James Dyson Award judge Peter Gammack reveals what makes an award-winning invention
Long standing James Dyson Award judge Peter Gammack reveals what makes an award-winning invention and what he hopes to see from the entrants this year.
14 July 2020
Innovation is a very broad word, what do you make of it?
Based purely on the dictionary definition, innovation means; “make changes in something established, especially by introducing new methods, ideas, or products.” However, where I think the focus should be is on the word invention; creating something completely new from which you can then innovate from. The excitement for me as an engineer lies within that moment when you have found a way to do something better, or uncovered a completely new approach to an everyday problem that no one else has explored before. Constant questioning of the status quo and looking for new ways to do things can be a lengthy process, but it is a vital part of what we do as engineers and designers. Invention is scary, challenging but also unrivalled in its limits. For all future James Dyson Award applicants, I encourage you to focus on invention. Be curious about finding an entirely new solution to a problem, rather than improving what is already out there. Turn convention on its head, as that will uncover the greatest engineering surprises.
How far do you think an idea and an invention are from each other?
This really is a question without limits! It also touches on one of the most exciting aspects of being an engineer – the design process. A time where all kinds of different approaches are uncovered. Testing your idea, creating prototypes, collating feedback and iterating your design following learnings are all crucial stages that, for the very transformative inventions in our world, take a lot of time and thought. More often than not, this process uncovers a web of engineering opportunities to explore. It’s not a linear process but a chasm where unthought-of possibilities can arise. Your final invention may be far from what your initial idea focused on. But that is fine, the key is to not be afraid of failure. Failure helps us as engineers to learn and ultimately create better and more powerful inventions in the long-term. Adopting this mind-set is really the response, it shouldn’t matter how long it takes you to get somewhere, just as long as you have taken the correct path to get there in the end. The James Dyson Award (JDA) is a great platform for young designers worldwide to start exploring the design process and its complexities.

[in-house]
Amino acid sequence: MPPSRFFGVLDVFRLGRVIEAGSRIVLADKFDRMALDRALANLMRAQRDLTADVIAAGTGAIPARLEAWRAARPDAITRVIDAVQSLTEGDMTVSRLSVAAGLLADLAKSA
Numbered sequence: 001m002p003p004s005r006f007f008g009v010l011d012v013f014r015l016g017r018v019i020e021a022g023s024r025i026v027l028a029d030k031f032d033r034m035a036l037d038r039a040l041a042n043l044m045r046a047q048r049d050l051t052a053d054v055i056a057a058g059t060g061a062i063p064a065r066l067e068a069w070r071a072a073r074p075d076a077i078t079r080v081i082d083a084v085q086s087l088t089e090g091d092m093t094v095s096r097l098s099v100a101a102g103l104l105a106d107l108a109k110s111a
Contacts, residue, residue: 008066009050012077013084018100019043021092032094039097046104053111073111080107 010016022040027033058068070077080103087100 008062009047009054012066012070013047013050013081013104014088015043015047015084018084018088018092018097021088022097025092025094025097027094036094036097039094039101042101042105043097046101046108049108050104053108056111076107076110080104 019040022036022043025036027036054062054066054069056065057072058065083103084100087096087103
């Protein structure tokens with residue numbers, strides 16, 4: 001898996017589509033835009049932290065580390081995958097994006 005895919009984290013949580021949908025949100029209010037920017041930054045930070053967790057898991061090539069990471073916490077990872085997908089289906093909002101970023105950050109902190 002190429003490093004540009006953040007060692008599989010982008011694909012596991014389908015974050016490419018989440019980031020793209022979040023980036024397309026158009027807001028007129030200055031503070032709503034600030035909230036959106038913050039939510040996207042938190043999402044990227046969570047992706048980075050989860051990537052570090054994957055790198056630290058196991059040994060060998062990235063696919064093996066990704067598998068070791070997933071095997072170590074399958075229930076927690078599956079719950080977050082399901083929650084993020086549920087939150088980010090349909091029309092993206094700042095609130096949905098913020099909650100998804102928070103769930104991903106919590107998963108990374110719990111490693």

What capabilities are required to make a successful invention?
This is all about how well the brief is interpreted and the very first piece of advice I would give any prospective JDA entrant is to try and solve a real problem. This is the ultimate criteria that James will consider when he selects the overall winners. Solid inventions are born from an innate curiosity to find a better solution to what is already out there – a core part of our philosophy as engineers at Dyson. And it all started when James had 5126 attempts, failures, mistakes and developments, and continuous testing to reach the 5127th prototype of his vacuum that finally met the brief he set himself. Curiosity and perseverance fueled the creation of the bag-less vacuum cleaner.
Perseverance is another key trait to turning an initial idea into a tangible solution. There will be times when test results won’t reflect plans, or curve balls will throw you off course slightly. But this is all part of the process. The designers of the future will navigate through these challenges and adapt their methods to iteratively develop their ideas, ultimately creating a better invention that has stood the test of time.
How do you know when a new invention is actually a solution when judging the JDA?
The JDA is a problem-solving competition. A common issue people entering the award struggle with, even once they’ve selected a problem, is making sure that their solution is actually new. Some problems recur more often than others. For example, a biodegradable type of plastic, is something that a lot of people over the years have tried to solve, so we’ve seen lots of different solutions, some better than others. It’s actually good that a lot of people are trying to solve things that are “big problems”. MarinaTex last year found a solution that was intelligently designed preparing the invention for commercialisation.